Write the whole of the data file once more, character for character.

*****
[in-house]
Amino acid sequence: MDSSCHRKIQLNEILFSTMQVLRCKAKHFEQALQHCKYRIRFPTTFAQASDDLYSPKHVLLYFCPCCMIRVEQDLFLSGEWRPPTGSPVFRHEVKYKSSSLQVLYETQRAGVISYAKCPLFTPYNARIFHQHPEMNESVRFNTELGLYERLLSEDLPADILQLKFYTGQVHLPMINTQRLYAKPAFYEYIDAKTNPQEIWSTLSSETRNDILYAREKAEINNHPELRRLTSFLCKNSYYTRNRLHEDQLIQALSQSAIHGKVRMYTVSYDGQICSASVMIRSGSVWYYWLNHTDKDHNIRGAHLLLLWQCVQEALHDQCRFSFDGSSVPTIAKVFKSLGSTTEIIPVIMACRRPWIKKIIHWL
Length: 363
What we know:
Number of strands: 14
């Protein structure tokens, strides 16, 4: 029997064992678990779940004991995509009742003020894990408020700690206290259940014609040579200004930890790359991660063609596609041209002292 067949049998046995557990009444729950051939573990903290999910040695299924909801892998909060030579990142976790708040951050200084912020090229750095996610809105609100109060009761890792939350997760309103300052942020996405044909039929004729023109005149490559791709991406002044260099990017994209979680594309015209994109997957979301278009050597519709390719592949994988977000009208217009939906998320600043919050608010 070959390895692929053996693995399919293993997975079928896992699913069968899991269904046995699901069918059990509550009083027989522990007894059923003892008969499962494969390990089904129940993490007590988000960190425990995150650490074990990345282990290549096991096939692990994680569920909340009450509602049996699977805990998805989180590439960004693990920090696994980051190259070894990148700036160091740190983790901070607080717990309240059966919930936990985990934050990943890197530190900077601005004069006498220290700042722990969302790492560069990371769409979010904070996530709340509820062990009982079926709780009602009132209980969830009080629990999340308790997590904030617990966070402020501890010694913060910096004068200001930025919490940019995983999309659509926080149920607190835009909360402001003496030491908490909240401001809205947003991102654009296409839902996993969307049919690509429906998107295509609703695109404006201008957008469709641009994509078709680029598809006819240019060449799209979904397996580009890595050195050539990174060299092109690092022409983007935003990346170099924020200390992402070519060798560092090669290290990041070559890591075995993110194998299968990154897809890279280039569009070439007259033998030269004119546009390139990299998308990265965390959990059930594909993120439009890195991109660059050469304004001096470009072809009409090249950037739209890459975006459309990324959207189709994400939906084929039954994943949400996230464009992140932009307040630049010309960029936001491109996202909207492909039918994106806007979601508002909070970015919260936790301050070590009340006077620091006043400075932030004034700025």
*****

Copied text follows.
[in-house]
Amino acid sequence: MDSSCHRKIQLNEILFSTMQVLRCKAKHFEQALQHCKYRIRFPTTFAQASDDLYSPKHVLLYFCPCCMIRVEQDLFLSGEWRPPTGSPVFRHEVKYKSSSLQVLYETQRAGVISYAKCPLFTPYNARIFHQHPEMNESVRFNTELGLYERLLSEDLPADILQLKFYTGQVHLPMINTQRLYAKPAFYEYIDAKTNPQEIWSTLSSETRNDILYAREKAEINNHPELRRLTSFLCKNSYYTRNRLHEDQLIQALSQSAIHGKVRMYTVSYDGQICSASVMIRSGSVWYYWLNHTDKDHNIRGAHLLLLWQCVQEALHDQCRFSFDGSSVPTIAKVFKSLGSTTEIIPVIMACRRPWIKKIIHWL
Length: 363
What we know:
Number of strands: 14
């Protein structure tokens, strides 16, 4: 029997064992678990779940004991995509009742003020894990408020700690206290259940014609040579200004930890790359991660063609596609041209002292 067949049998046995557990009444729950051939573990903290999910040695299924909801892998909060030579990142976790708040951050200084912020090229750095996610809105609100109060009761890792939350997760309103300052942020996405044909039929004729023109005149490559791709991406002044260099990017994209979680594309015209994109997957979301278009050597519709390719592949994988977000009208217009939906998320600043919050608010 070959390895692929053996693995399919293993997975079928896992699913069968899991269904046995699901069918059990509550009083027989522990007894059923003892008969499962494969390990089904129940993490007590988000960190425990995150650490074990990345282990290549096991096939692990994680569920909340009450509602049996699977805990998805989180590439960004693990920090696994980051190259070894990148700036160091740190983790901070607080717990309240059966919930936990985990934050990943890197530190900077601005004069006498220290700042722990969302790492560069990371769409979010904070996530709340509820062990009982079926709780009602009132209980969830009080629990999340308790997590904030617990966070402020501890010694913060910096004068200001930025919490940019995983999309659509926080149920607190835009909360402001003496030491908490909240401001809205947003991102654009296409839902996993969307049919690509429906998107295509609703695109404006201008957008469709641009994509078709680029598809006819240019060449799209979904397996580009890595050195050539990174060299092109690092022409983007935003990346170099924020200390992402070519060798560092090669290290990041070559890591075995993110194998299968990154897809890279280039569009070439007259033998030269004119546009390139990299998308990265965390959990059930594909993120439009890195991109660059050469304004001096470009072809009409090249950037739209890459975006459309990324959207189709994400939906084929039954994943949400996230464009992140932009307040630049010309960029936001491109996202909207492909039918994106806007979601508002909070970015919260936790301050070590009340006077620091006043400075932030004034700025």